Equine Health Library

Pleasure Horse

Health Concerns

Musculoskeletal | Endocrine


Before focusing on specific diseases affecting the joints, tendons, and ligaments, it helps to understand some basic anatomy.

The articulation between two bones is called a joint. The ends of healthy bones are covered in smooth articular cartilage. A joint capsule surrounds the joint and is comprised of a tough outer coat and thinner lining called the synovium or synovial membrane. The synovium produces synovial fluid that is viscous and slippery and lubricates the joint.

When things go wrong

Trauma and/or infection can damage the articular cartilage, leaving it roughened or eroded. Inflammation of the synovium can result in excessive production of abnormal synovial fluid, resulting in obvious joint distention. Synovial fluid in diseased joints frequently loses some of its lubricating properties, leading to more wear and tear on articular cartilage, which leads to painful arthritis.

The outer portions of many joint capsules are thickened to form ligaments that attach bone-to-bone. When damaged, sprained, or torn, ligaments are slow to heal and often require prolonged periods of rest in addition to a variety of local therapies. Tendons connect muscle to bone and are also susceptible to a variety of injuries.

Arthritis and ringbone

No matter what your pleasure horse does for a job – trail rides, local shows or just putzing around the pasture – he might develop arthritis at some point in his life. That’s because hard work isn’t the only contributor to these conditions; conformation faults also can predispose a horse to changes in the joints over time.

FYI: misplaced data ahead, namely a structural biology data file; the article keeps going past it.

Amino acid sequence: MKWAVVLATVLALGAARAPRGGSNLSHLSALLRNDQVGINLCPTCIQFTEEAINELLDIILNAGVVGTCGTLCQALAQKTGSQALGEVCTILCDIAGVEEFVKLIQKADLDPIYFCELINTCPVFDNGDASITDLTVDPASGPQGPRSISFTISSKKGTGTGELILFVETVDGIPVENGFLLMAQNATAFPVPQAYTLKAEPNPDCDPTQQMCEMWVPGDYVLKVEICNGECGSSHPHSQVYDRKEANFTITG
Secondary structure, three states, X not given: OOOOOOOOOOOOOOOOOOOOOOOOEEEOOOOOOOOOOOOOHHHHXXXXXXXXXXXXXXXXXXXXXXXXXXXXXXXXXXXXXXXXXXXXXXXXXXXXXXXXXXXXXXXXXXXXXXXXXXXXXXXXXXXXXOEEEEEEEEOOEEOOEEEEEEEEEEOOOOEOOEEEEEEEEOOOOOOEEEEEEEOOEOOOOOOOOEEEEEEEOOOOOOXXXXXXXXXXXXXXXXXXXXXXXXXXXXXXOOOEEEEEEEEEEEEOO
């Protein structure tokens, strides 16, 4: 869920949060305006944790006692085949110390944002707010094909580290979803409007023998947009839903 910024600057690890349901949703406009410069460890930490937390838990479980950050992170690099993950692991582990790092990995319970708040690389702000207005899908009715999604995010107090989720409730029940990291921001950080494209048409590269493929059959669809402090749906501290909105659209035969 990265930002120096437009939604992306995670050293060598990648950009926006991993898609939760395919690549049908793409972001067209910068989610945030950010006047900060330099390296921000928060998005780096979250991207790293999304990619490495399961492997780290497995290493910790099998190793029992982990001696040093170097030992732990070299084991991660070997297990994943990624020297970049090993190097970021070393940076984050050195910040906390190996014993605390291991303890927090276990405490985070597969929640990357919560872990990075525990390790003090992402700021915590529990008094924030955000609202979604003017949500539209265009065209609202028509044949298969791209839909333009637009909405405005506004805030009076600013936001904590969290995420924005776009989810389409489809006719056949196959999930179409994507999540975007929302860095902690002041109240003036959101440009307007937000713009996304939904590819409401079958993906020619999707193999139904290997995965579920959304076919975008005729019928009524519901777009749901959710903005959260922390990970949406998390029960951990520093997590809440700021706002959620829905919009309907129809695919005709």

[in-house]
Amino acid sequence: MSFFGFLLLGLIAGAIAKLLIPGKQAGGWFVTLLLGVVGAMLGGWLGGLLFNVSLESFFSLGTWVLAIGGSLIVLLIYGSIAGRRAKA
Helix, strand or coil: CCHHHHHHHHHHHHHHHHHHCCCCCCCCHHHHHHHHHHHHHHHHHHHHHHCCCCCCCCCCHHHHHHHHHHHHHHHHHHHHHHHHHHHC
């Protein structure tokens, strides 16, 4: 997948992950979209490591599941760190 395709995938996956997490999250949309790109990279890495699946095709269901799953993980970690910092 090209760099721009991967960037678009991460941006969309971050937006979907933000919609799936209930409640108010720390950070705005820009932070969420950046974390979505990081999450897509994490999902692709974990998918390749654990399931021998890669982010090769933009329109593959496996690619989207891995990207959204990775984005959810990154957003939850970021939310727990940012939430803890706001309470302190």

Arthritis describes inflammation of a joint and can involve the bones, articular cartilages, joint capsules, synovium, and synovial fluid. Long-term changes can include destruction of articular cartilage, bony proliferation, and decreased quality of synovial fluid. Arthritis resulting in damage to the articular cartilage is termed degenerative joint disease (DJD) or osteoarthritis.

Ringbone describes degenerative joint disease (osteoarthritis) and/or new bone formation that affects the coffin joint (low ringbone) or the pastern joint (high ringbone). Ringbone can be visible to the eye because of the bony changes that occur to the joint, forming a ring around it.

If your pleasure horse is starting to show signs of arthritis or joint pain, talk to your veterinarian about treatment options.

Bone spavin and bog spavin

When osteoarthritis happens in one or more joints in the hock, it is sometimes termed bone spavin. Degenerative joint disease of the hock frequently results in bone spur formation between the small bones of the hock with loss of joint space and decreased movement between bones. Your veterinarian may diagnose these bony changes via radiographs.

Horses prone to bone spavin are usually ones that use their hocks hard, performing repetitive quick stops and sharp turns like in roping, barrel racing, reining or hunter/jumpers. Poor hock conformation can also predispose a horse to bone spavin and other inflammatory conditions of the hock.

Bog spavin describes noticeable fluid accumulation (excessive synovial fluid) within the hock joint and is often accompanied by heat and pain. There may or may not be any cartilage damage or bony changes associated with this condition.

If your horse becomes reluctant to use his hind legs properly, call your veterinarian for a lameness exam.

Ligament and tendon injuries